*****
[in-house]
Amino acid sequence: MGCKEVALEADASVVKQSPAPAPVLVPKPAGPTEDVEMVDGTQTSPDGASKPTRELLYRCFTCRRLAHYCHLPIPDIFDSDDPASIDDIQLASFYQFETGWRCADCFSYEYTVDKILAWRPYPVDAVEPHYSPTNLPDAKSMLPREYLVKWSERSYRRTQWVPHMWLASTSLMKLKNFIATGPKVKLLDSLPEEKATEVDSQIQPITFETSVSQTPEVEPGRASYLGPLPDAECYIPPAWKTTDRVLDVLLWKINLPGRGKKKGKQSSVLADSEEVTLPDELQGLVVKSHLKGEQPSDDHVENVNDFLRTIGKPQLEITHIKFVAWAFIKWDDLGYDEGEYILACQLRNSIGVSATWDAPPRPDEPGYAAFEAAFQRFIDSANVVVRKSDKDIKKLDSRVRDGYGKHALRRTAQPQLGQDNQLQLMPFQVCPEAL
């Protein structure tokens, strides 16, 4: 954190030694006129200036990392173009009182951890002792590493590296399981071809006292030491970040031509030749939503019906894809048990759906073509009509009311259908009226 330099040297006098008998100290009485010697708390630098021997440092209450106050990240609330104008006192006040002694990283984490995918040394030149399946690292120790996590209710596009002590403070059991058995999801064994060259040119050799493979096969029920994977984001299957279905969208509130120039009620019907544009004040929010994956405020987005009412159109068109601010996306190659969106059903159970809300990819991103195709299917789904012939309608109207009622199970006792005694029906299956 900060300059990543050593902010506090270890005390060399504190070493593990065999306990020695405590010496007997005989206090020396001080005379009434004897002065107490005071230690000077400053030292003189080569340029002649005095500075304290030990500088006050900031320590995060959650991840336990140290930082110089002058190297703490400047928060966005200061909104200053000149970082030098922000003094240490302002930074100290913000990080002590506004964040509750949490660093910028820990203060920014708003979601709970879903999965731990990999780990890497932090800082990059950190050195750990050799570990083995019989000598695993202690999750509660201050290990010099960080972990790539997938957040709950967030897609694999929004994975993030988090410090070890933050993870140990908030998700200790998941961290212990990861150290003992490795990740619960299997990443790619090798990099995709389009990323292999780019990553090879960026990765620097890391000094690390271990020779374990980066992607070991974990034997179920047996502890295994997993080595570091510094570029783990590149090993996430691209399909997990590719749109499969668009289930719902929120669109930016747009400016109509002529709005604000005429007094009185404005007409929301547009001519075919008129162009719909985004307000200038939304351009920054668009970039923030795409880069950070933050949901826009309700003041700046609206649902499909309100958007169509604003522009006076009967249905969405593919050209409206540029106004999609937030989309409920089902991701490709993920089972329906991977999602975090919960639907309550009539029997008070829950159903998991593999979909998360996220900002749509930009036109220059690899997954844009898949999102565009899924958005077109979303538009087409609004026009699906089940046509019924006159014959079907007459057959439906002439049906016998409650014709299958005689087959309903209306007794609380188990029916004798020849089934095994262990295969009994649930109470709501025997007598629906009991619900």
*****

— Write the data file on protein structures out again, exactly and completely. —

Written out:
[in-house]
Amino acid sequence: MGCKEVALEADASVVKQSPAPAPVLVPKPAGPTEDVEMVDGTQTSPDGASKPTRELLYRCFTCRRLAHYCHLPIPDIFDSDDPASIDDIQLASFYQFETGWRCADCFSYEYTVDKILAWRPYPVDAVEPHYSPTNLPDAKSMLPREYLVKWSERSYRRTQWVPHMWLASTSLMKLKNFIATGPKVKLLDSLPEEKATEVDSQIQPITFETSVSQTPEVEPGRASYLGPLPDAECYIPPAWKTTDRVLDVLLWKINLPGRGKKKGKQSSVLADSEEVTLPDELQGLVVKSHLKGEQPSDDHVENVNDFLRTIGKPQLEITHIKFVAWAFIKWDDLGYDEGEYILACQLRNSIGVSATWDAPPRPDEPGYAAFEAAFQRFIDSANVVVRKSDKDIKKLDSRVRDGYGKHALRRTAQPQLGQDNQLQLMPFQVCPEAL
């Protein structure tokens, strides 16, 4: 954190030694006129200036990392173009009182951890002792590493590296399981071809006292030491970040031509030749939503019906894809048990759906073509009509009311259908009226 330099040297006098008998100290009485010697708390630098021997440092209450106050990240609330104008006192006040002694990283984490995918040394030149399946690292120790996590209710596009002590403070059991058995999801064994060259040119050799493979096969029920994977984001299957279905969208509130120039009620019907544009004040929010994956405020987005009412159109068109601010996306190659969106059903159970809300990819991103195709299917789904012939309608109207009622199970006792005694029906299956 900060300059990543050593902010506090270890005390060399504190070493593990065999306990020695405590010496007997005989206090020396001080005379009434004897002065107490005071230690000077400053030292003189080569340029002649005095500075304290030990500088006050900031320590995060959650991840336990140290930082110089002058190297703490400047928060966005200061909104200053000149970082030098922000003094240490302002930074100290913000990080002590506004964040509750949490660093910028820990203060920014708003979601709970879903999965731990990999780990890497932090800082990059950190050195750990050799570990083995019989000598695993202690999750509660201050290990010099960080972990790539997938957040709950967030897609694999929004994975993030988090410090070890933050993870140990908030998700200790998941961290212990990861150290003992490795990740619960299997990443790619090798990099995709389009990323292999780019990553090879960026990765620097890391000094690390271990020779374990980066992607070991974990034997179920047996502890295994997993080595570091510094570029783990590149090993996430691209399909997990590719749109499969668009289930719902929120669109930016747009400016109509002529709005604000005429007094009185404005007409929301547009001519075919008129162009719909985004307000200038939304351009920054668009970039923030795409880069950070933050949901826009309700003041700046609206649902499909309100958007169509604003522009006076009967249905969405593919050209409206540029106004999609937030989309409920089902991701490709993920089972329906991977999602975090919960639907309550009539029997008070829950159903998991593999979909998360996220900002749509930009036109220059690899997954844009898949999102565009899924958005077109979303538009087409609004026009699906089940046509019924006159014959079907007459057959439906002439049906016998409650014709299958005689087959309903209306007794609380188990029916004798020849089934095994262990295969009994649930109470709501025997007598629906009991619900």